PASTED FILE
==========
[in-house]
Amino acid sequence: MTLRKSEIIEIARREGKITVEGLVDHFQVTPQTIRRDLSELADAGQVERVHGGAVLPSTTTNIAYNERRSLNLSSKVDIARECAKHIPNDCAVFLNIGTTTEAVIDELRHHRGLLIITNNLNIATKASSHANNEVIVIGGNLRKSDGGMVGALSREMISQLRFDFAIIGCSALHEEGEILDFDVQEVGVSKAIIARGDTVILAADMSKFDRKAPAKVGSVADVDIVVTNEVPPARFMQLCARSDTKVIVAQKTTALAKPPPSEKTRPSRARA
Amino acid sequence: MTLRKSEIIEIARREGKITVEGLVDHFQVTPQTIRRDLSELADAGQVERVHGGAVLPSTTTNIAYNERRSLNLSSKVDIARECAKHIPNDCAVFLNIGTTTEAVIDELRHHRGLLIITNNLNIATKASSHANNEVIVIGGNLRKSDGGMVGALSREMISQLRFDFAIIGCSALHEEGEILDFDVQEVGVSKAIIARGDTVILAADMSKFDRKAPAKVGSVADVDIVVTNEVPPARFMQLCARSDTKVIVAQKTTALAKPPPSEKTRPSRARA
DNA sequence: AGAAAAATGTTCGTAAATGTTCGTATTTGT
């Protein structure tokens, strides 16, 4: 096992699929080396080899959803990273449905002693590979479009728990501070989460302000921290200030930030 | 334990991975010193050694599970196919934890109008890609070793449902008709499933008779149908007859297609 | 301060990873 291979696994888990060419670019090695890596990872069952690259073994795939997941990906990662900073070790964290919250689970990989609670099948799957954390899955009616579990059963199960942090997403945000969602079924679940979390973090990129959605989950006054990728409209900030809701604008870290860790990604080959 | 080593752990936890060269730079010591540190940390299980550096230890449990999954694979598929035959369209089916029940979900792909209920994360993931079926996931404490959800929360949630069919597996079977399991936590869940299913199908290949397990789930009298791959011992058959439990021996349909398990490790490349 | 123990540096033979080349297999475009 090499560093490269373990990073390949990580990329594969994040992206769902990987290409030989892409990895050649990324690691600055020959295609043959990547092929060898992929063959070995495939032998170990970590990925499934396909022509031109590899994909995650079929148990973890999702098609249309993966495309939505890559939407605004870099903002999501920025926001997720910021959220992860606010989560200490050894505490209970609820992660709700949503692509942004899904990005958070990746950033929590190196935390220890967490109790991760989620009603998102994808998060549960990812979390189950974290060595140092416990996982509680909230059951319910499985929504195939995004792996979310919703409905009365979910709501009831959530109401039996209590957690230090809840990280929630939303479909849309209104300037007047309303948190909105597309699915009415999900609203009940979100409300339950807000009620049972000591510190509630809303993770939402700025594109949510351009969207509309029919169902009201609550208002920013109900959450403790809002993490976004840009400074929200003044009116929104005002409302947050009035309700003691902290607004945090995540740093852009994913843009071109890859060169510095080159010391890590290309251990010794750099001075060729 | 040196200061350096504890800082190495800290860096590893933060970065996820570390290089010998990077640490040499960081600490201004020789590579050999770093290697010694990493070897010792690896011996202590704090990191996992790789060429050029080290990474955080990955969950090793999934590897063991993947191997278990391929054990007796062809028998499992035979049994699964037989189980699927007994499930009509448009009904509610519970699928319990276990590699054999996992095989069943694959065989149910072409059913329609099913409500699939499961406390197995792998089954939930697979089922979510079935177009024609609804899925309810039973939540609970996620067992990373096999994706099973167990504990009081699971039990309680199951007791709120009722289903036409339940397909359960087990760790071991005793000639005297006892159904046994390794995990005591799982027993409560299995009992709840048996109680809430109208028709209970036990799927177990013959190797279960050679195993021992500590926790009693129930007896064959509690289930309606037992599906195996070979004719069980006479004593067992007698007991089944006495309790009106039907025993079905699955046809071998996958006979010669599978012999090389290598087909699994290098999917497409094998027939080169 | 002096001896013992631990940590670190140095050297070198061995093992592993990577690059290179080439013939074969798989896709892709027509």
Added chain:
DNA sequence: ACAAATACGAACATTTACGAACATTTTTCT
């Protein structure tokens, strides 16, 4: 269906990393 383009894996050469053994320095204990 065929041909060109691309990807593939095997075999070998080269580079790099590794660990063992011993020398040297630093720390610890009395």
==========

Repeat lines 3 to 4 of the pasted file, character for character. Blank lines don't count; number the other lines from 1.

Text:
Amino acid sequence: MTLRKSEIIEIARREGKITVEGLVDHFQVTPQTIRRDLSELADAGQVERVHGGAVLPSTTTNIAYNERRSLNLSSKVDIARECAKHIPNDCAVFLNIGTTTEAVIDELRHHRGLLIITNNLNIATKASSHANNEVIVIGGNLRKSDGGMVGALSREMISQLRFDFAIIGCSALHEEGEILDFDVQEVGVSKAIIARGDTVILAADMSKFDRKAPAKVGSVADVDIVVTNEVPPARFMQLCARSDTKVIVAQKTTALAKPPPSEKTRPSRARA
DNA sequence: AGAAAAATGTTCGTAAATGTTCGTATTTGT